The Fallacy of Pursuing a Balanced Life
Our modern culture teaches that the antidote to a busy life is the pursuit of a balanced life. The implication is that if we can somehow equally weight each area of our life and achieve “balance,” we will experience less anxiety, have more energy, and live a relatively peaceful existence.
Personally desiring to achieve some type of equilibrium in my own life, I found it frustrating that balance either seemed impossibly out of reach or when it did happen, it only lasted for a short time.
Why is balance so elusive?
When searching scripture, we see why a balanced life is difficult to achieve: God doesn’t talk about living a balanced life. The word “balance” most often shows up in the Bible as a term for weights and measures. However, it is never associated as a personal attribute.
What the Bible DOES say is that there will be SEASONS in our life.
“For everything there is a season…” (Ecc. 3:1)
“Let us not grow weary of doing good, for in due season we will reap…” (Gal. 6:9)
“It is not for you to know times or seasons that the Father has fixed by his own authority.” (Acts 1:7)
“Preach the word; be ready in season and out of season…” (2 Tim. 4:2)
Time and again throughout scripture, God refers to our lives not in balance, but in and out of seasons. Armed with this knowledge, we can experience what we desire with a “balanced” life: less stress, more energy, and peace. Here’s how:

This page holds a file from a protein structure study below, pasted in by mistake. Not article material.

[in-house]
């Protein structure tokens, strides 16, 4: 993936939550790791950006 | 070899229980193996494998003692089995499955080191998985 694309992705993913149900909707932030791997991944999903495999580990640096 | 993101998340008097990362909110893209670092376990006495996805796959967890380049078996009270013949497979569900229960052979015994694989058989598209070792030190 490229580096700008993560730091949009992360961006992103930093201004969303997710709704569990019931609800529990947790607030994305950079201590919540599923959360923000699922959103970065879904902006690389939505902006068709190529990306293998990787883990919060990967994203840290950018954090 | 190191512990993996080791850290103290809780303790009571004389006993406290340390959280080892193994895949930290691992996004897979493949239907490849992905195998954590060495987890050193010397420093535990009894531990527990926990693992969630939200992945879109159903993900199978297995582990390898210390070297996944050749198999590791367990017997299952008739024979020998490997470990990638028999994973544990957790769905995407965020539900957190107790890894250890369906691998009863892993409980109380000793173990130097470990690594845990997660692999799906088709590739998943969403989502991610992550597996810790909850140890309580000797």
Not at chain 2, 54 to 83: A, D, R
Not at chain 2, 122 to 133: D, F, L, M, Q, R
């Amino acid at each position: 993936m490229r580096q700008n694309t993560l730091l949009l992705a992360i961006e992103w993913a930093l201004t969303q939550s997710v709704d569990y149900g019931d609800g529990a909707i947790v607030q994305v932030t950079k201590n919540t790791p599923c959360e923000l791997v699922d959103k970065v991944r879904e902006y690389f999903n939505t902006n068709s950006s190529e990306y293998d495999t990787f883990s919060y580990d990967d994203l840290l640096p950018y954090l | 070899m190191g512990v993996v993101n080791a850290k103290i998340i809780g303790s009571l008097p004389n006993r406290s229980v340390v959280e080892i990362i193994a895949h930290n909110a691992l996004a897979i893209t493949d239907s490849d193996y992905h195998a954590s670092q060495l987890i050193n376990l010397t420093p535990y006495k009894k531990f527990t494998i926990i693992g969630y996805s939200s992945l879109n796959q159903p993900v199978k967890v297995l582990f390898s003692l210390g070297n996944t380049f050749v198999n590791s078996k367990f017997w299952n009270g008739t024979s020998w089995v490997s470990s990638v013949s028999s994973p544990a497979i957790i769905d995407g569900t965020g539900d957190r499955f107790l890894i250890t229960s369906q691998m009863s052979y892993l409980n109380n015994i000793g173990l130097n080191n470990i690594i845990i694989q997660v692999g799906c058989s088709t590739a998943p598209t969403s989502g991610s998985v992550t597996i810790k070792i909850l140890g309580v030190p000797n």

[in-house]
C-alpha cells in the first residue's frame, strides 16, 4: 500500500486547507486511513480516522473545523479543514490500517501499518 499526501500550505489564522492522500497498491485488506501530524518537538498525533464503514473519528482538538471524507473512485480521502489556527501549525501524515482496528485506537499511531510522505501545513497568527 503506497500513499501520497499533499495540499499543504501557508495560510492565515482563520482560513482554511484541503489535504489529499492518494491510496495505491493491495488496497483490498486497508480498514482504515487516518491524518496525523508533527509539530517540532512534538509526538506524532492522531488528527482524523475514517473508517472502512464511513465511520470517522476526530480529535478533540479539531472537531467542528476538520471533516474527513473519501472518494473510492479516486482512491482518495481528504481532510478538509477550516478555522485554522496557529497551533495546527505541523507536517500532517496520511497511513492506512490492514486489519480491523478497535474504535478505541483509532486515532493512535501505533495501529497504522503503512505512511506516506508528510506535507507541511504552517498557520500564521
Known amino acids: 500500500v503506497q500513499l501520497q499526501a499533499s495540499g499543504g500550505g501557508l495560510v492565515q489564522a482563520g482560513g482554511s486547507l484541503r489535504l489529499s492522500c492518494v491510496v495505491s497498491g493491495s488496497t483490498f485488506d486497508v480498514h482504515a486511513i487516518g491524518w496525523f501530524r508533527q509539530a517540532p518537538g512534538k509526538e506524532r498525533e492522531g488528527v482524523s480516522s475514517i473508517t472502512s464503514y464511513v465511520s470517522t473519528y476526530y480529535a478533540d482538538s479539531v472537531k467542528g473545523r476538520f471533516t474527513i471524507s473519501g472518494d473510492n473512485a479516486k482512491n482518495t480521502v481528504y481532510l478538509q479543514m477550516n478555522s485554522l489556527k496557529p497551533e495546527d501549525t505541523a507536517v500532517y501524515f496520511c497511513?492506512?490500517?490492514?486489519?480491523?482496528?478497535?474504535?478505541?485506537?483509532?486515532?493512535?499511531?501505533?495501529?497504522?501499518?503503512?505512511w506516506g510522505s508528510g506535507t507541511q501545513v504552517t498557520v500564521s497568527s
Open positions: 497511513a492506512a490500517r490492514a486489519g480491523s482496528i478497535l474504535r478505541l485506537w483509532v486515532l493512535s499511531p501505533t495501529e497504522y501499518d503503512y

- As we hold to the truth that our lives are defined by seasons, we live less anxiously knowing that God desires to “refresh the weary and satisfy the faint” (Jer. 31:25) as He is “our ever-present help” in times of trouble. (Ps. 46:1)
- As we look at our life through the lens of seasons, we can live more energized by the knowledge that God is sufficient and will provide for us as he does the “birds of the air.” (Matt. 6:26)
- Finally, viewing our life as a series of seasons allows us to experience peace because we find righteousness in our faith not in our circumstances. “And the peace of God, which surpasses all understanding, will guard (our) hearts and (our) mind in Christ Jesus.” (Phil. 4:7)
Does all this mean that we should not try to better define our priorities? Not try to better align our time with our hearts? Absolutely not. Balance can be a useful measuring tool just not a means to an end.
Accepting that seasons – some good, some more difficult – define our lives gives us better perspective on the present and wisdom for our future. The key to each season is drawing closer to God and his word and resting in his promises.